Canada's Conservative government introduced legislation Tuesday to scrap a controversial law that requires the registration of rifles and shotguns.
Canada has long required registration of hand guns, but the long-run registry law passed in 1995 faced bitter opposition from rural Canada, the Conservative party's base, which considered it an overreaction to the problem of urban crime.
Public Safety Minister Vic Toews said they don't want laws targeting law-abiding citizens such as hunters.
Police and victims' groups are voicing opposition, but the Conservatives have a new majority in Parliament after national elections in May, and can now scrap the law. They are also proposing to destroy the archive of registrations already collected.
Prime Minister Stephen Harper tried to kill the registry in the last session of Parliament, but the bill was narrowly defeated.
The former Liberal government passed the tougher gun control law after Marc Lepine shot to death 14 students with a semiautomatic rifle at Montreal's Ecole Polytechnique in 1989.
Families of the victims began holding news conferences and lobbying politicians. By March 1991, they had collected 550,000 names on a petition urging federal action.
After the bill won final passage in 1995, former Liberal Prime Minister Jean Chretien's first comment was that many Americans would be envious.
Chretien noted widespread pro-gun sentiment in the United States, and said the new gun-registration law would give Canada "a personality different from the people of the south of us and I'm very proud."
But Harper's Conservative government vowed to abolish the law when they took power in 2006, and the Conservatives celebrated the announcement Tuesday.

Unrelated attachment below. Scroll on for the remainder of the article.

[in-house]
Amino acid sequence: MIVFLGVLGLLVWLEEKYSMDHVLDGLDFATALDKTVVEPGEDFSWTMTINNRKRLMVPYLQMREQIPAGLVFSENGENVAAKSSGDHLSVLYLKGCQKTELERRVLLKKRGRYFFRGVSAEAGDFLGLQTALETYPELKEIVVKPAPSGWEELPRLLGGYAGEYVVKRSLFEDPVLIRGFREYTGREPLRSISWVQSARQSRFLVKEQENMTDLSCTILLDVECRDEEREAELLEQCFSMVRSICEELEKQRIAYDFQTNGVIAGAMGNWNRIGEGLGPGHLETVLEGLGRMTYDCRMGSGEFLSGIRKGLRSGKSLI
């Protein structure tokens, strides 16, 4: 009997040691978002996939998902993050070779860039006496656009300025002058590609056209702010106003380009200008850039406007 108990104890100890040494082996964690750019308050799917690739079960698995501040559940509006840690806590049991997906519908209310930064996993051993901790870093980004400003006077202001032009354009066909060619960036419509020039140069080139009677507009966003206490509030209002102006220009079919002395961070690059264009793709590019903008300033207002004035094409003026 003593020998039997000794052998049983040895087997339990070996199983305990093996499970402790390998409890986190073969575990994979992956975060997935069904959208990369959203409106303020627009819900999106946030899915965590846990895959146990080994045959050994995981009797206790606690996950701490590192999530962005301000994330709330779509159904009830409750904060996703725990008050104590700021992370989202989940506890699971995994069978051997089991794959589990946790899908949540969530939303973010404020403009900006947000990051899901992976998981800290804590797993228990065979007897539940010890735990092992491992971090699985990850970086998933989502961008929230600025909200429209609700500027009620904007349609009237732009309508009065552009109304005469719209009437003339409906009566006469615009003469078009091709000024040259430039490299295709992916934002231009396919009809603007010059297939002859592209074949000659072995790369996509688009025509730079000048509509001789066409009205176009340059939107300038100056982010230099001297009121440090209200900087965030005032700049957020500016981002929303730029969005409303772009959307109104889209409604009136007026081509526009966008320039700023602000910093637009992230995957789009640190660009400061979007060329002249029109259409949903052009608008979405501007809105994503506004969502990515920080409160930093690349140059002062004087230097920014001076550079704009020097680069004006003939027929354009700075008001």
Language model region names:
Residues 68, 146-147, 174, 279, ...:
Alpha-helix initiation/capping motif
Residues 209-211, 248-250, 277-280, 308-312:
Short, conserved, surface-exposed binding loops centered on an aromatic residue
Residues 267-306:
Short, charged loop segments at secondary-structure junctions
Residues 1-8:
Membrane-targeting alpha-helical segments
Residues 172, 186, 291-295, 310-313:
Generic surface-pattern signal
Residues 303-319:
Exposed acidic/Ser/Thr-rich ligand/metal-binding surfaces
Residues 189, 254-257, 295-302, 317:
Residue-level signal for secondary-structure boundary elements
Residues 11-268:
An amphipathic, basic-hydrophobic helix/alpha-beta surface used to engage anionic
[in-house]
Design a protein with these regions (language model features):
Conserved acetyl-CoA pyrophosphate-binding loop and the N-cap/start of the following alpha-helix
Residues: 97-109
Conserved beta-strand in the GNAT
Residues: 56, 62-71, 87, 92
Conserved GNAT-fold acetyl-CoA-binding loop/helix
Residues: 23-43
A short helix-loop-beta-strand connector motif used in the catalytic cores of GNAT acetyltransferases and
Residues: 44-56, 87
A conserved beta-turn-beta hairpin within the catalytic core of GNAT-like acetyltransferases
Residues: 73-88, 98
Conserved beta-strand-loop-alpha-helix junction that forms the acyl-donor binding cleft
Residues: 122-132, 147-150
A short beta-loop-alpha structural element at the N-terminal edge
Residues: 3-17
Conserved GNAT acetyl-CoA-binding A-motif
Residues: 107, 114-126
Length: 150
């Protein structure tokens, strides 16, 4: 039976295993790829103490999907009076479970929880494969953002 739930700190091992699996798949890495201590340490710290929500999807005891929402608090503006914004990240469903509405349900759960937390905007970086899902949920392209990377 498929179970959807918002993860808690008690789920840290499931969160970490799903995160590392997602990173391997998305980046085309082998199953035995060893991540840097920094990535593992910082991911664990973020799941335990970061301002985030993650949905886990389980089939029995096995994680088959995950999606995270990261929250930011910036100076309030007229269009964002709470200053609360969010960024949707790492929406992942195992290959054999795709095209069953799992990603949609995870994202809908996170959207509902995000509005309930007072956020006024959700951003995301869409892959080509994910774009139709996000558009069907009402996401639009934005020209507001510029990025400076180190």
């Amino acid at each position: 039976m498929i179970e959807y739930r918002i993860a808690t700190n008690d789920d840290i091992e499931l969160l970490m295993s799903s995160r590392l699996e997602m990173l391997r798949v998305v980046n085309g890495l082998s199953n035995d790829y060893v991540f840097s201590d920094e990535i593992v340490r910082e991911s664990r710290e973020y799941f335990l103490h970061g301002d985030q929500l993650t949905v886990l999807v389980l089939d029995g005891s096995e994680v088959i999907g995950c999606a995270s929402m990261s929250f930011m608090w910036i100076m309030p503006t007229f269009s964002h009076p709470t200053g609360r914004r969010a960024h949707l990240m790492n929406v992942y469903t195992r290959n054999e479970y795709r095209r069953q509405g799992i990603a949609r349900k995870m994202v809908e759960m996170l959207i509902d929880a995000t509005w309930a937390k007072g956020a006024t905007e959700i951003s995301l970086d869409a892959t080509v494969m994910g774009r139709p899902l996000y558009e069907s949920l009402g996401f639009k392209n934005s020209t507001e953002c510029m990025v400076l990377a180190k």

"The Harper government has stood on the side of law-abiding firearm owners, farmers, hunters, and rural Canadians in every region of this country," said Conservative lawmaker Candice Hoeppner, who joined Conservative colleagues in announcing the new bill at a farm outside of Ottawa.
Hoeppner called it a defining moment for the Conservative government and said the registry has been a waste of taxpayers' dollars, close to $2 billion. Hoeppner later said in an interview with The Associated Press that the long gun registry would not have prevented what has become known as the Montreal Massacre.
"Unfortunately, although it was created in response to that, it didn't do anything and does not have the ability to stop that kind of tragedy," she said. Hoeppner said criminals don't register their guns.
"The majority of homicides committed in Canada, for example, do not involve long guns at all. Statistics have shown that long guns, in other words, rifles and shotguns, are not the problem. In reality, they are not the weapons of choice for criminals," she said.
But an internal evaluation from Canada's national police force found the federal gun registry was a useful tool for police. An umbrella group for Quebec police forces also said rifles and shotguns are used more often than handguns to kill police officers in domestic violence cases, suicides and incidents involving youth.
The Coalition for Gun Control urged Canadians to tell their lawmakers to oppose the legislation.
Priscilla de Villiers, whose daughter, Nina, was abducted and killed with a legally owned rifle, defended the long-gun registry.
"No law can prevent all tragedies. But a gun-control law, which includes registration and is rigorously implemented, makes it harder _ not easier _ for dangerous people to get firearms," she said.
The new bill will repeal the requirement to register rifles and shotguns, and calls for the destruction of all records pertaining to the registration of long guns currently contained in the Canadian Firearms Registry.
Hoeppner said those who wish to acquire a firearm or ammunition will continue to be required to pass a police background check, firearms safety course and comply with all firearms safe storage and transportation requirements.
She said firearm owners will also be still be required to have a valid firearms license and will still have to register handguns.